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Going onto Facebook these days requires equal amounts of intestinal fortitude and forbearance. And above all other things, it also demands a firm commitment to avoid the near occasion of “click bait” which, if not avoided, almost always leads one into rabbit holes of increasingly unpleasant exchanges. 

For me, Facebook has become primarily a spectator sport. Though I sincerely attempt to  minimize my involvement in the polemics of the time, sooner or later something I see gets my fingers twitching toward the post button. 

Recently one such incident involved a Facebook friend posting a headline they found online from the Guardian news service in the UK with the snarky headline “Pope Francis Declares Evolution and Big Bang Theory are Real and God is not a Magician with a Magic Wand.” My Facebook friend commented on this headline with the words “This Pope Gets it!” 

Before I could break my solemn vow not to Facebook without charity in my heart, others chimed in. One post reminded her that the Big Bang Theory was actually developed by a Catholic priest many decades ago while another posted that comfort with the theory of evolution had been a Catholic teaching staple for almost as long. 

I went to the Guardian web site where I found the snarkiness of the headline no match for the sub heading which proudly proclaimed, “Francis Goes Against Benedict XVI’s Apparent Support of Intelligent Design – But does Hail his Predecessor’s Great Contribution to Theology.” 

If you just stepped off the Mars shuttle and read that you would have been filled with visions of Benedict sitting in his papal palace having a secret meeting of the “Flat Earth Society” and pondering just how Noah managed to get two titanosaurs on board the ark, let alone all those other terrible lizards. 

Pope Francis doesn’t “get it” any more than just about any other pope and the history of the Church and the natural world. The relationship between the Church, the natural world and scientific quests to understand it – has been intimate, messy and fruitful all at the same time. Kind of like a lot of other aspects of the Church here on Earth. 

February 19 is the birthday of one of the poster boys of science; the polish part-time astronomer Copernicus who took the theory of heliocentrism – the Sun as the center of the solar system by which planets like ours orbit – to another level. Copernicus’ major work “On the Revolutions of Heavenly Bodies” made his case for the sun being at the center of our system and for the Earth and other planets moving around it…a long time before Galileo grabbed that scientific baton. Copernicus begins his opus with a personal plea to Pope Paul III for protection against the attacks he believed were sure to come from other scientific and religious quarters. Pope Paul III “got it” and did not condemn this scientific inquiry. But the Pope was also dealing with this pesky little thing called the Reformation. By 1543, when Copernicus’ book was published, the Reformation had already gotten traction in large swaths of Europe and the Church had lost her crown jewel England to Henry VIII’s hubris just a few years earlier.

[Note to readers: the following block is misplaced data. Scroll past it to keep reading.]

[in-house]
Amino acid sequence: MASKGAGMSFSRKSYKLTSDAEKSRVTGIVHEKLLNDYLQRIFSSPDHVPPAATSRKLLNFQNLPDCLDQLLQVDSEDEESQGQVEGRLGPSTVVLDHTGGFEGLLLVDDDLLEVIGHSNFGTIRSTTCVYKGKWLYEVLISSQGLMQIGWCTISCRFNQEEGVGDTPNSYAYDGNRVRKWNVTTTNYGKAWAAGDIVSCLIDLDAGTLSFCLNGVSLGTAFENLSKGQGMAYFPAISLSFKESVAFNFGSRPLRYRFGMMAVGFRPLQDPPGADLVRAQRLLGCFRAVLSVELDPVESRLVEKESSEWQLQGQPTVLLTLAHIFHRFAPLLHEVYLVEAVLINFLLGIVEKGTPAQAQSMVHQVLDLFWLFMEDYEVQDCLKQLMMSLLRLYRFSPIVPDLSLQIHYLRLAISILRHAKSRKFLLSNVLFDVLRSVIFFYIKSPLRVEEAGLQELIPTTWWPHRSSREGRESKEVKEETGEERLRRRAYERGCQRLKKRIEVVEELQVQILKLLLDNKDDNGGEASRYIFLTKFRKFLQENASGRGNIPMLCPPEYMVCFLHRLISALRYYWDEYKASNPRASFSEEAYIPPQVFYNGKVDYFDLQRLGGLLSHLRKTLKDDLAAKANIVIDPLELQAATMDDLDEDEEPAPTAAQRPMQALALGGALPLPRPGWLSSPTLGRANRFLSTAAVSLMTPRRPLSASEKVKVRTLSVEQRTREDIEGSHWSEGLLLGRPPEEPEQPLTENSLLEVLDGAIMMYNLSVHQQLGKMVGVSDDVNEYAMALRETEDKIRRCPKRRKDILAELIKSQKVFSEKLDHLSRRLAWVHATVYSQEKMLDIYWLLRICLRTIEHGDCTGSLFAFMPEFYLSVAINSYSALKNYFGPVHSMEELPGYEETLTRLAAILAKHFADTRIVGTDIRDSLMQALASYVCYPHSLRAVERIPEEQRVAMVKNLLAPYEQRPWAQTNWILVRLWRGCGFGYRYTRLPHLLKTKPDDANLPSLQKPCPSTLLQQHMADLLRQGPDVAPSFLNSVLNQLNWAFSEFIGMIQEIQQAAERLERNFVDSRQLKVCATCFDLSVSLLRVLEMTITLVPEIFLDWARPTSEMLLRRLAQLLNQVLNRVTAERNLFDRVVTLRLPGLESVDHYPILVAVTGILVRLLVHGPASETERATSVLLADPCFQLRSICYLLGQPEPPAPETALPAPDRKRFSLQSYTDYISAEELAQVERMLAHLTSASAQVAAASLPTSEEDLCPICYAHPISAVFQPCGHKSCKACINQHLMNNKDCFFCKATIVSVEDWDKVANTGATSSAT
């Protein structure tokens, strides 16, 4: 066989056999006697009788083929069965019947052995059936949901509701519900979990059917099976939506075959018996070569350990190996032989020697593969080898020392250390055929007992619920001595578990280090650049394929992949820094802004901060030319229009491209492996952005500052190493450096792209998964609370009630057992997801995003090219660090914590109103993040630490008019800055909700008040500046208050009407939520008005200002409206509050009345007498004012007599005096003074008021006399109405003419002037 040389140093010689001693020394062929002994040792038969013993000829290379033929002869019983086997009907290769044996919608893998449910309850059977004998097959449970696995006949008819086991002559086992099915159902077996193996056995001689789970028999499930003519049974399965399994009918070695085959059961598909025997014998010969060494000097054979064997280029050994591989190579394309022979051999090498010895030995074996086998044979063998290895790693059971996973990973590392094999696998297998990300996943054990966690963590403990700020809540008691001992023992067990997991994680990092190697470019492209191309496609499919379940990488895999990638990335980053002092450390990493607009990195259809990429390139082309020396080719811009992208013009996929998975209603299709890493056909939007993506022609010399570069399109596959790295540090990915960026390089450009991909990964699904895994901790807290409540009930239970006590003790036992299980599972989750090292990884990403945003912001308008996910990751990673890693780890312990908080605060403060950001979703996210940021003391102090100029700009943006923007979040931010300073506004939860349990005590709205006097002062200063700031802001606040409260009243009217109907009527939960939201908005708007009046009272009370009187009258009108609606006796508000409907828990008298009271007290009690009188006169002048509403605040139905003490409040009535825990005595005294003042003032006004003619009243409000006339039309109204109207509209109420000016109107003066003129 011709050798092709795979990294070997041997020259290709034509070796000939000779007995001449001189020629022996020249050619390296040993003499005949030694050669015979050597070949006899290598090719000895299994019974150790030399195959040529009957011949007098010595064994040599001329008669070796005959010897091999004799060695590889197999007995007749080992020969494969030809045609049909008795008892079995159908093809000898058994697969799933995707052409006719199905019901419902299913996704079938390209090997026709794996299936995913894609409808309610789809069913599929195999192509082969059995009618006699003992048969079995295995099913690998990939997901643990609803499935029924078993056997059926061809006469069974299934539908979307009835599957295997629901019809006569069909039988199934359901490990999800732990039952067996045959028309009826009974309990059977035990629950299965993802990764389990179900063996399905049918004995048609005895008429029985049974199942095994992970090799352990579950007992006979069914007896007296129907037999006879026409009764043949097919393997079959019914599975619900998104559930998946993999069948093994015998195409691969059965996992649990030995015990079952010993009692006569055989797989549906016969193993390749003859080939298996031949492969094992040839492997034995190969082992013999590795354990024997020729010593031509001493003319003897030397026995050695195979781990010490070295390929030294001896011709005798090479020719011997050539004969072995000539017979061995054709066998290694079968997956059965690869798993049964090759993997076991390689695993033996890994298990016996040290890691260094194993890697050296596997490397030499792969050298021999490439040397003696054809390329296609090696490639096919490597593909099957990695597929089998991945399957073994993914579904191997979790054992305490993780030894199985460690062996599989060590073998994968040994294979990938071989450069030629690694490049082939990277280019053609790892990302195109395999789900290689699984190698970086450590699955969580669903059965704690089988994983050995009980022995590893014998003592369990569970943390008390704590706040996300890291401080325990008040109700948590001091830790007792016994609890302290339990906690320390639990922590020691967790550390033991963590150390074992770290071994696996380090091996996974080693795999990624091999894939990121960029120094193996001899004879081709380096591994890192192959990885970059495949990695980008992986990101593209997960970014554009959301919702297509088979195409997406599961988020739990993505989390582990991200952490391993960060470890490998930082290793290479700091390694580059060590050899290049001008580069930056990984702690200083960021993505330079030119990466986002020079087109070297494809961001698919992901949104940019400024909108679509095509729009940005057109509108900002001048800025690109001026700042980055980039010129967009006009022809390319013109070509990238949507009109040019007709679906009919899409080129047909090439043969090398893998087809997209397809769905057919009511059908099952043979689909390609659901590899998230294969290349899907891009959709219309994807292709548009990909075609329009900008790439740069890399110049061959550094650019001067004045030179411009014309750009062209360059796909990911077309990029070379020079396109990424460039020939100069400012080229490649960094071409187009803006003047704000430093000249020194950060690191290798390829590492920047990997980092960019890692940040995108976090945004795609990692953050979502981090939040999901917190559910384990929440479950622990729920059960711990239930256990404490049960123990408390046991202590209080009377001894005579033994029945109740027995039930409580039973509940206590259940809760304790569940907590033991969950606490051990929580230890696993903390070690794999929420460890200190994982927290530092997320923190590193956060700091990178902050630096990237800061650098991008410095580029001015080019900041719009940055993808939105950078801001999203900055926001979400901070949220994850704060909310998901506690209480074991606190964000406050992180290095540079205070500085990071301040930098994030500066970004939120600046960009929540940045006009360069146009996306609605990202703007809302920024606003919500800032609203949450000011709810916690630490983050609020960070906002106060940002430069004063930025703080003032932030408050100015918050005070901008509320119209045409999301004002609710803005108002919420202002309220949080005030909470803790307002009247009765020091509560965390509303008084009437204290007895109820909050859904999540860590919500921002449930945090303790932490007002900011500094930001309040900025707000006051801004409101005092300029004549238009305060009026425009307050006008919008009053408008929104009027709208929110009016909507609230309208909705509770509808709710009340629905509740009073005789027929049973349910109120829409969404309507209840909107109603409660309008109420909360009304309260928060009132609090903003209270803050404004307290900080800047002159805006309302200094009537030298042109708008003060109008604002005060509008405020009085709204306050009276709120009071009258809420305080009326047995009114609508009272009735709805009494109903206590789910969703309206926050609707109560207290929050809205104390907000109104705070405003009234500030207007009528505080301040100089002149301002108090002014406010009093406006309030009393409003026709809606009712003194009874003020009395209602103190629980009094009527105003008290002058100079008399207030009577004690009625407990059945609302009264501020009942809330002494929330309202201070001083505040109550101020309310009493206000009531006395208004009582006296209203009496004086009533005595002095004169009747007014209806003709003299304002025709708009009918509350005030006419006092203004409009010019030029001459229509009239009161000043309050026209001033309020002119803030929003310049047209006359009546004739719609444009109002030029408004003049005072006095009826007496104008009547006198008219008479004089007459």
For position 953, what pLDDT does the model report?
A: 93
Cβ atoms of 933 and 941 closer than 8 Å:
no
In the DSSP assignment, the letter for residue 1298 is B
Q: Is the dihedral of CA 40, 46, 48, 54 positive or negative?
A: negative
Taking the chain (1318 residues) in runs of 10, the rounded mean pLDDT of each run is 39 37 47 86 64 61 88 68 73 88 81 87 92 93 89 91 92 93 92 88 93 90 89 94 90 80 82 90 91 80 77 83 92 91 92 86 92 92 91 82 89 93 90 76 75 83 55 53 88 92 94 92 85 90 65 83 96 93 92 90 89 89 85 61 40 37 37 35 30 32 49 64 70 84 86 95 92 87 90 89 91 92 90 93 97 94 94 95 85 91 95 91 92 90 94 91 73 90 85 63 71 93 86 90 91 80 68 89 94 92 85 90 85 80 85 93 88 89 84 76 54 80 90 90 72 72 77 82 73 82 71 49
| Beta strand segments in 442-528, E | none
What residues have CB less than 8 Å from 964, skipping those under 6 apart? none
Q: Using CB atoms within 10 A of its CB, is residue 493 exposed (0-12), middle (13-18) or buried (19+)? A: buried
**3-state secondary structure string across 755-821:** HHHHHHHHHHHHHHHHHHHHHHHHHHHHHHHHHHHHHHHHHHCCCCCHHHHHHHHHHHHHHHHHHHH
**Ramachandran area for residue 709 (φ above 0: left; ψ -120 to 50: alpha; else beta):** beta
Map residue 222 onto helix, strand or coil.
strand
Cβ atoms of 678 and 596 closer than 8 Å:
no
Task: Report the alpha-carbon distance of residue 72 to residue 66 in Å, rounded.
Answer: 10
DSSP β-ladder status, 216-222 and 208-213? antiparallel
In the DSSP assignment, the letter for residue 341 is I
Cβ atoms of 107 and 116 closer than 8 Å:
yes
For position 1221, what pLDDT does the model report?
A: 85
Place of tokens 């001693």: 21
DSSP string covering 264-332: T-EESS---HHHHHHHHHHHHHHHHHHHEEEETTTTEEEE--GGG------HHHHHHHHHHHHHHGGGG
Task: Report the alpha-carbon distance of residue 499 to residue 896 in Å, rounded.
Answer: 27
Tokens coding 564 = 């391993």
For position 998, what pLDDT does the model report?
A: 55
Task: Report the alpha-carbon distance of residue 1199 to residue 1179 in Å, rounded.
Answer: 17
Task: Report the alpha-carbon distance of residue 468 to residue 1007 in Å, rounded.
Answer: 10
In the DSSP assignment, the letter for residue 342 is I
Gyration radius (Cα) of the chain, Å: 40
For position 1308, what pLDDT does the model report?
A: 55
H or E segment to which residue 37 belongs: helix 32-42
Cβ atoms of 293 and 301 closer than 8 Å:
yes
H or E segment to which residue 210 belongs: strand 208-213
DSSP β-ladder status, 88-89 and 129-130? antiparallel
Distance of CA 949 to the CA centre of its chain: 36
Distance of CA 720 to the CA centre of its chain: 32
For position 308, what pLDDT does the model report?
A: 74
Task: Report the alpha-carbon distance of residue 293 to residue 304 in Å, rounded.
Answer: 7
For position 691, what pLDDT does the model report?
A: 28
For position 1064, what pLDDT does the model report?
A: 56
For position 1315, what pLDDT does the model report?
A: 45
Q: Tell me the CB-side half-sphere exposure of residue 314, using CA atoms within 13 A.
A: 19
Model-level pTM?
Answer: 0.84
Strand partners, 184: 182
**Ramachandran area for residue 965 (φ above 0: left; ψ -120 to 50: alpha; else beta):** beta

The poster boy of the Reformation, Martin Luther weighed in on Copernicus immediately, condemning any scientific theory that might counter any literal interpretation of scripture. “The fool wants to turn the whole art of astronomy upside-down. However, as Holy Scripture tells us, so did Joshua bid the sun to stand still and not the earth.” And it was the great protestant scientist Kepler who had to take sanctuary in a Catholic country when sola scriptura absolutists came after him with pitch forks and torches. 

Contrary to popular opinion, UK news sites and even some ill-informed Catholics, the Church has always taken a nuanced and for the most part, supportive approach to science. The result has been a confluence of faith and reason. Like the Church, science is not about consensus, but immutable truth. If what Christ preached was true, then every advance in science from that time forward can only provide support and not represent some kind of existential threat. 

 And Pope’s from every epoch in the life of the Church have gotten that. 

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